But what about the garment itself? The average time a garment spends in our wardrobe is about two years, but this may not mean it has actually come to the end of it's lifespan, just that we've got bored of it. A fashion blogger wrote that she knows it's time to have a wardrobe clear-out when she's run out of hangers, an experience perhaps familiar to many of us as the consumption of fast fashion has encouraged us to think it's ok to turn over the contents of our wardrobes at an ever increasing pace, particularly when we anticipate that some items only last a few washes anyway. According to WRAP (the UK organisation helping businesses and individuals reduce waste, develop sustainable products and use resources in an efficient way), extending the average life of clothes by just three months of active use would lead to a 5-10% reduction in each of the carbon, water and waste footprints.  

What of the designer's role in this? Designers love seeing the clothes they've designed being worn by people living real lives and it's the greatest affirmation of good design to discover a garment still being worn, years after it was first produced. From the designers point of view designing for sustainability should be an opportunity rather than a constraint with the main aim to show that ethically produced clothing can be gorgeous - and stand the test of time. Undoubtedly, the style of the garment is the primary consideration for the wearer; something that looks appropriate for the demands of the day, whether it's being professional at work, doing the school run or an evening out. A garment serves us best when we know that we look good, but we feel we look good, too.   

sustainable fashion

A range of decisions by the designer affect the life expectancy of the garment: choice of fabric, trimmings, washability, construction and finishing will determine how hard wearing it is, but the styling and aesthetics of the garment are more subjective, although nonetheless crucial for longevity. It is probably true that tailored or semi-fitted garments are longer lasting as they frame the body favourably, although looser fitting pieces offer versatility of fit and therefore can also be long lasting. It may seem dull, but clothing in the 'core' colours of black, white, grey, red, navy and beige tend to stand the test of time.   

The clothes we design and make at Tamsin Blackbourn are the clothes we want to wear ourselves - and we expect them to last. Designing for longevity means bringing together the elements of style, function, quality, colour, proportion and fit. One of the main reasons people don't wear the clothes in their wardrobes is because they no longer fit, so we try to leave extra fabric in the seams so they can be let out and in the hems, so they can be lengthened. We're also looking at incorporating adjustable fastenings in the future so that the fit of our clothes can be more flexible. We don't believe in unnecessary detailing; to mis-quote Coco Chanel, where there is a button there should be a buttonhole and where there's a pocket flap there should be a pocket, meaning that it's a waste of labour and materials to add something purely for show – all details should have a function. When appropriate, we prefer to fully line our clothes; we think most clothes hang better for it and it increases the strength and durability. It also saves having to search for an under-slip that isn't quite the right shape or length. When cutting the garment from the cloth, we look at the width of the fabric itself to be sure we're not creating unnecessary waste – better to have a little extra swing in the skirt than for the excess fabric to land wasted on the cutting room floor! We cut pattern pieces as cleverly as possible, but inevitably there will be offcuts, which we keep for trimmings. A Tamsin Blackbourn homeware collection is planned to repurpose left over fabric.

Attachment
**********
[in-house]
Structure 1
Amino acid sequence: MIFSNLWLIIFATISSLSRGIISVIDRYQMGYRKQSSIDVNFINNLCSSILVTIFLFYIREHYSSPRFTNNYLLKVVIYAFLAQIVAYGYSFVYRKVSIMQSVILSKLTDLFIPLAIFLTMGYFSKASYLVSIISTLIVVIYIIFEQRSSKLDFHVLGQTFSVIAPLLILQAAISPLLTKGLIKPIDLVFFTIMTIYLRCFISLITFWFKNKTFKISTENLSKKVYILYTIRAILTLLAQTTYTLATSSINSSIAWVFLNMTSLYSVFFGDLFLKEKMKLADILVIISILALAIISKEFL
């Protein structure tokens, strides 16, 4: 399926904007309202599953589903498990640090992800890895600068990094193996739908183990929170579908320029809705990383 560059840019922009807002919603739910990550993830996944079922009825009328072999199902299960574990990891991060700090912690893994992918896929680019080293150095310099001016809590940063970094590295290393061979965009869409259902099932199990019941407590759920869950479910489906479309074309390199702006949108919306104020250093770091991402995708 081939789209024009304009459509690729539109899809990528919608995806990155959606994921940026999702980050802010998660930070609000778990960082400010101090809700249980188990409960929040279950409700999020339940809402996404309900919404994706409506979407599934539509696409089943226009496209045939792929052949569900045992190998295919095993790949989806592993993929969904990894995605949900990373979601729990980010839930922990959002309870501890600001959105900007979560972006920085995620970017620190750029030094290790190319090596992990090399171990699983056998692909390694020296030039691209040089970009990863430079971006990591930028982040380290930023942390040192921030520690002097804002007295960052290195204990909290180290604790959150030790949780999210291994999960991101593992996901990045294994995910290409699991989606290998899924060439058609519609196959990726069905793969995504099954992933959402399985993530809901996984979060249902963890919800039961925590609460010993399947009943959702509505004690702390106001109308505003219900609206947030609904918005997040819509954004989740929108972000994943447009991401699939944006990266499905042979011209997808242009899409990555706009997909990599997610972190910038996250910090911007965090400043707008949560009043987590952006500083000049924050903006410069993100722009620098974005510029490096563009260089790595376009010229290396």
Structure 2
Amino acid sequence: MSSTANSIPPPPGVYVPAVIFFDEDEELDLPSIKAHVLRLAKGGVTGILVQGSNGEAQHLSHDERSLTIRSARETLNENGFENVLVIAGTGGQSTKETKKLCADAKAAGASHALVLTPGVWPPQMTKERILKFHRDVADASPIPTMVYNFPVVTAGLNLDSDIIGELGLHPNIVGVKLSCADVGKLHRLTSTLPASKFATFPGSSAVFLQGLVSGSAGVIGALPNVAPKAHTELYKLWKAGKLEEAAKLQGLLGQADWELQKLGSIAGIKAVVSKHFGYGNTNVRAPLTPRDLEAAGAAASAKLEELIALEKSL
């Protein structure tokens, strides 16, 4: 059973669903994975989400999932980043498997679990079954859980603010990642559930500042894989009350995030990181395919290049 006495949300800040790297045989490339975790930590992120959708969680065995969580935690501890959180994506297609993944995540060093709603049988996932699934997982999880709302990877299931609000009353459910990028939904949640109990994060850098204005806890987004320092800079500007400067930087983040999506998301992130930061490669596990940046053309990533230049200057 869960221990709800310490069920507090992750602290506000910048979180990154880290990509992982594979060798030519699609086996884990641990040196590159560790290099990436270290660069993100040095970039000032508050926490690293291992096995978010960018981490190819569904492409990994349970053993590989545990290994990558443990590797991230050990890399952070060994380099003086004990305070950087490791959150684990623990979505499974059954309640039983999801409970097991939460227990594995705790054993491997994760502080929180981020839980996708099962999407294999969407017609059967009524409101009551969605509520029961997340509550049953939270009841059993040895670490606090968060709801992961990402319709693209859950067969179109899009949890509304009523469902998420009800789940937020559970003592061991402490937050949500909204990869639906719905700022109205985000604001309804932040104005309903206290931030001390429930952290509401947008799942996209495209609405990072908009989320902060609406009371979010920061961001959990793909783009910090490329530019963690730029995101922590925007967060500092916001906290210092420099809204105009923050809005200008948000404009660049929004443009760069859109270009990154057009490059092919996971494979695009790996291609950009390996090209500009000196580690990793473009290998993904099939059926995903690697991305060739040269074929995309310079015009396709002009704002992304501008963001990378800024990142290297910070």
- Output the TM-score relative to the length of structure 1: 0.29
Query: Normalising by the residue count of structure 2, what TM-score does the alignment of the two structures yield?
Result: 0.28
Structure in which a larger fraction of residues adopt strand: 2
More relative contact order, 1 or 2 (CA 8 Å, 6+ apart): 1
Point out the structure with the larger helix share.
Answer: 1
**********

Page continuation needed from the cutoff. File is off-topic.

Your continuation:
sustainable fashion

Sass Brown is a professor at the Fashion Institute of Technology in New York and has written two books on ethical fashion. She suggests, “Design at it's best is problem solving. It's finding a way to make the world a better place. And fashion has really got away from that. Fashion by default becomes something about trends and keeping up appearances as oppose to solving problems and investing in solutions. We've lost a real material connection to our clothing.”.  

We love this idea of design helping people re-connect with their clothing, it's a holistic way of thinking about creating; remembering that clothes must look beautiful, but must also be something we want to wear again and again, because they meet a practical and an emotional need. The role of the fashion designer is to consider the whole life cycle of a garment, where the designing and making is only the start of making clothing with timeless style that will endure through the wearing and caring stage, for a long, long time.